Demolishing tens of thousands of Victorian and Edwardian homes and building new ones is adding unnecessarily to climate change, researchers said today.

If the 288,000 long-term empty homes in England were used and upgraded to higher efficiency standards, instead of many of them being demolished under Government "Pathfinder" regeneration schemes, it would save the equivalent of three million cars being taken off the roads for a year.

Researchers commissioned by the Government-funded Empty Homes Agency compared the amount of carbon dioxide given off in building new homes and in refurbishing old ones. They found that building a new home emitted four and-a-half times as much carbon dioxide as refurbishing an existing dwelling. They also found that the carbon dioxide emitted as a result of the construction of a new building - from quarrying, brick making and so on - accounted for nearly three times more of a building's lifetime emissions than had been supposed. Previously the amount of energy involved in the construction of a home had been assumed to represent 10 per cent of the energy used over the lifetime of a building.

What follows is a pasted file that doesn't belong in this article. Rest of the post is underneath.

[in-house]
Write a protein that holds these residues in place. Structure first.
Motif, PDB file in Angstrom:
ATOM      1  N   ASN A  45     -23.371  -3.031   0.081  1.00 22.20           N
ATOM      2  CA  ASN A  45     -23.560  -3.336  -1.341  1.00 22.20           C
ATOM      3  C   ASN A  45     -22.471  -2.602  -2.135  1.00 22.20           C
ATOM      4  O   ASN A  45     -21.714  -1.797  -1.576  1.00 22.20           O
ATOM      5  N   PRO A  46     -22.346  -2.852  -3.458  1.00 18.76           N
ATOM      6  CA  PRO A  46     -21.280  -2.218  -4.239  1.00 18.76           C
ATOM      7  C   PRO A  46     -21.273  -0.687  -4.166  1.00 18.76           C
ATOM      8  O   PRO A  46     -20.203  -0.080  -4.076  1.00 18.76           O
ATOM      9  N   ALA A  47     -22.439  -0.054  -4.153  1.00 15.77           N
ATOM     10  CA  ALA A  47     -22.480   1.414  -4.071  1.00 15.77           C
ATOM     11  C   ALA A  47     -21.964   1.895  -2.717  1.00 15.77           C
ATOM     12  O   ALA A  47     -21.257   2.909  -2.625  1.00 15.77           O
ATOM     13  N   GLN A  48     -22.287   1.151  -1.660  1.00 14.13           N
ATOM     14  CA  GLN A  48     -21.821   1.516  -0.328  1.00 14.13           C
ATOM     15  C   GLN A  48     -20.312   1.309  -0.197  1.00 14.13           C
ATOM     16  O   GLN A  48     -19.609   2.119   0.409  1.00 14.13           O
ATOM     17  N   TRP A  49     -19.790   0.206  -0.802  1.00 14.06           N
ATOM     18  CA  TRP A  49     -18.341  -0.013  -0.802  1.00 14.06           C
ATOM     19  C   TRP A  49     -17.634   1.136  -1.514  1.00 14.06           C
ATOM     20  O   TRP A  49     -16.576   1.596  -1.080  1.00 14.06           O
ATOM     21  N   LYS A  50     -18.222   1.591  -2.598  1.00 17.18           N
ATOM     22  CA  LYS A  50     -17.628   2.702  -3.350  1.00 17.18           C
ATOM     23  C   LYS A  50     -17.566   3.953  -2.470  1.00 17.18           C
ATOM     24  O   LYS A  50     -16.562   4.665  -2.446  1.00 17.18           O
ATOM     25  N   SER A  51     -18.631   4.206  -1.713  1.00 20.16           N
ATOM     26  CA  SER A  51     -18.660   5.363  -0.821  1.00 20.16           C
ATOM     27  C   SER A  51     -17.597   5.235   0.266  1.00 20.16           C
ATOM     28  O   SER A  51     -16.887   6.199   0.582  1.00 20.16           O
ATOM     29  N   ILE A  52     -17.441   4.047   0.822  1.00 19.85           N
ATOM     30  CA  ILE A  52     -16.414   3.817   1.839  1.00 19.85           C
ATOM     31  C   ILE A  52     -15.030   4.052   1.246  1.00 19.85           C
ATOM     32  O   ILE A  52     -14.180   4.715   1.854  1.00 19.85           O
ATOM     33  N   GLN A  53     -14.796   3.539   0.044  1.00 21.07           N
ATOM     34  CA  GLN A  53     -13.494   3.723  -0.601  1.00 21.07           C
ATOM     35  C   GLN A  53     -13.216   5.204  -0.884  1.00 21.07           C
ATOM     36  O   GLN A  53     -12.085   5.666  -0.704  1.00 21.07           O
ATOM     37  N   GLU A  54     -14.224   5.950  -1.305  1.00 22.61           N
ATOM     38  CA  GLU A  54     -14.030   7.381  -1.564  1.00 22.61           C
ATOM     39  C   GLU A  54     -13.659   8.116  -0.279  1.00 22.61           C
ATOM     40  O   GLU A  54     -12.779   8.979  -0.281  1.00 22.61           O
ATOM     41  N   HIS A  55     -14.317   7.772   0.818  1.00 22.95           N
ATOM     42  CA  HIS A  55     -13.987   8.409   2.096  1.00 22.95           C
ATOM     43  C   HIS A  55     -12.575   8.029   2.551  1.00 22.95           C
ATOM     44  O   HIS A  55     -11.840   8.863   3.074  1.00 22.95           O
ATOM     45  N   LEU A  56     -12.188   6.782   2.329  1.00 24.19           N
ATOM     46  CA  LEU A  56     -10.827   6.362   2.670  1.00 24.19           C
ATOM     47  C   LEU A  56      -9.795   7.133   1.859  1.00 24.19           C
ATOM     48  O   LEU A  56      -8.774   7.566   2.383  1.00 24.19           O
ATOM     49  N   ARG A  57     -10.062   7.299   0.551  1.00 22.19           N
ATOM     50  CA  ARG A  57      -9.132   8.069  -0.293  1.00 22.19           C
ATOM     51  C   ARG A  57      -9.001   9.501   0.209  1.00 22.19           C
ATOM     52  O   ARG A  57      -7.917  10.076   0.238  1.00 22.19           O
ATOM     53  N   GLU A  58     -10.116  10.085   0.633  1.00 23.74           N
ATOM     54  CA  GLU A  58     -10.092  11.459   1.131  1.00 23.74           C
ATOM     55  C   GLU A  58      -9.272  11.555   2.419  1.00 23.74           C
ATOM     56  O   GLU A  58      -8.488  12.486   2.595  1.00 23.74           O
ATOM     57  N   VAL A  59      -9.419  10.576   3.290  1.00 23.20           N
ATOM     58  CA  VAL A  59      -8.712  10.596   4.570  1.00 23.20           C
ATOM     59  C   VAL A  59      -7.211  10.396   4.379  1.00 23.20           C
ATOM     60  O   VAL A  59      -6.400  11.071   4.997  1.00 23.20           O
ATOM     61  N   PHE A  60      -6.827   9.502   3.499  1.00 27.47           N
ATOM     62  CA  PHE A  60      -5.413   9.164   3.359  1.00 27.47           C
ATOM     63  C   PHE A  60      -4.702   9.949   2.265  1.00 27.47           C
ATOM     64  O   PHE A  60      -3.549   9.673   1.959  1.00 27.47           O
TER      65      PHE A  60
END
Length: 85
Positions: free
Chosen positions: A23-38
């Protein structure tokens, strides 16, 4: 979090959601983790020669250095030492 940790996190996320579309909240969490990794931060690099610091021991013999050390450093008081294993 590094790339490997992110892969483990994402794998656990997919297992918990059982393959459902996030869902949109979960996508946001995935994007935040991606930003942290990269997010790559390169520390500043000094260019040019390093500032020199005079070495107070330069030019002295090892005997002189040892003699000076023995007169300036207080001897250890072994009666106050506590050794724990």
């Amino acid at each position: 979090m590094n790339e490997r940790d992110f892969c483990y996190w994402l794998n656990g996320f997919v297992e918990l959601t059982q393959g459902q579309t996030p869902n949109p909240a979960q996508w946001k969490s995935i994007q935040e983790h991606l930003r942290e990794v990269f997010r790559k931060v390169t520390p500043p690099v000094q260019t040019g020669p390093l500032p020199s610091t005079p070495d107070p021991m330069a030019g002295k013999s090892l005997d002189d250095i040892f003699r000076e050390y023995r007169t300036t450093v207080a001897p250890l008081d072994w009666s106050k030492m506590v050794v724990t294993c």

In fact, energy involved in construction added up to nearly 30 per cent of the emissions over the lifetime of the building, according to the report "New Tricks with Old Bricks; how reusing old buildings can cut carbon emissions."


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